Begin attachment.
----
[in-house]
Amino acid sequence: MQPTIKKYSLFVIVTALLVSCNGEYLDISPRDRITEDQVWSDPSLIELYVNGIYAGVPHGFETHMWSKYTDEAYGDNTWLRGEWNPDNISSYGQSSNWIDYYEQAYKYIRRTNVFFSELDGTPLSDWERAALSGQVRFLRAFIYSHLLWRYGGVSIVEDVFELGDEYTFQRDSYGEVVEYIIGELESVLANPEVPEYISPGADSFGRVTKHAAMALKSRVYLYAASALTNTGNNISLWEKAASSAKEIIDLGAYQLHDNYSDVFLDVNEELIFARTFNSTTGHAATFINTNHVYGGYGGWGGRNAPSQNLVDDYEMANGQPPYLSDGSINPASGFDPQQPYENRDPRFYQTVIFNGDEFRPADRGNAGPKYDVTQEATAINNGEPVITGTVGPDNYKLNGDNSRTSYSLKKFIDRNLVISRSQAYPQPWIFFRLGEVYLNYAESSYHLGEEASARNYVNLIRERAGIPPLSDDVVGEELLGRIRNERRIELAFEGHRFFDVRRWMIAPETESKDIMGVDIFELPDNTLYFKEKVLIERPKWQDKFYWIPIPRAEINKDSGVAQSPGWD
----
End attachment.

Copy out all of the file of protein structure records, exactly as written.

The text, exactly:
[in-house]
Amino acid sequence: MQPTIKKYSLFVIVTALLVSCNGEYLDISPRDRITEDQVWSDPSLIELYVNGIYAGVPHGFETHMWSKYTDEAYGDNTWLRGEWNPDNISSYGQSSNWIDYYEQAYKYIRRTNVFFSELDGTPLSDWERAALSGQVRFLRAFIYSHLLWRYGGVSIVEDVFELGDEYTFQRDSYGEVVEYIIGELESVLANPEVPEYISPGADSFGRVTKHAAMALKSRVYLYAASALTNTGNNISLWEKAASSAKEIIDLGAYQLHDNYSDVFLDVNEELIFARTFNSTTGHAATFINTNHVYGGYGGWGGRNAPSQNLVDDYEMANGQPPYLSDGSINPASGFDPQQPYENRDPRFYQTVIFNGDEFRPADRGNAGPKYDVTQEATAINNGEPVITGTVGPDNYKLNGDNSRTSYSLKKFIDRNLVISRSQAYPQPWIFFRLGEVYLNYAESSYHLGEEASARNYVNLIRERAGIPPLSDDVVGEELLGRIRNERRIELAFEGHRFFDVRRWMIAPETESKDIMGVDIFELPDNTLYFKEKVLIERPKWQDKFYWIPIPRAEINKDSGVAQSPGWD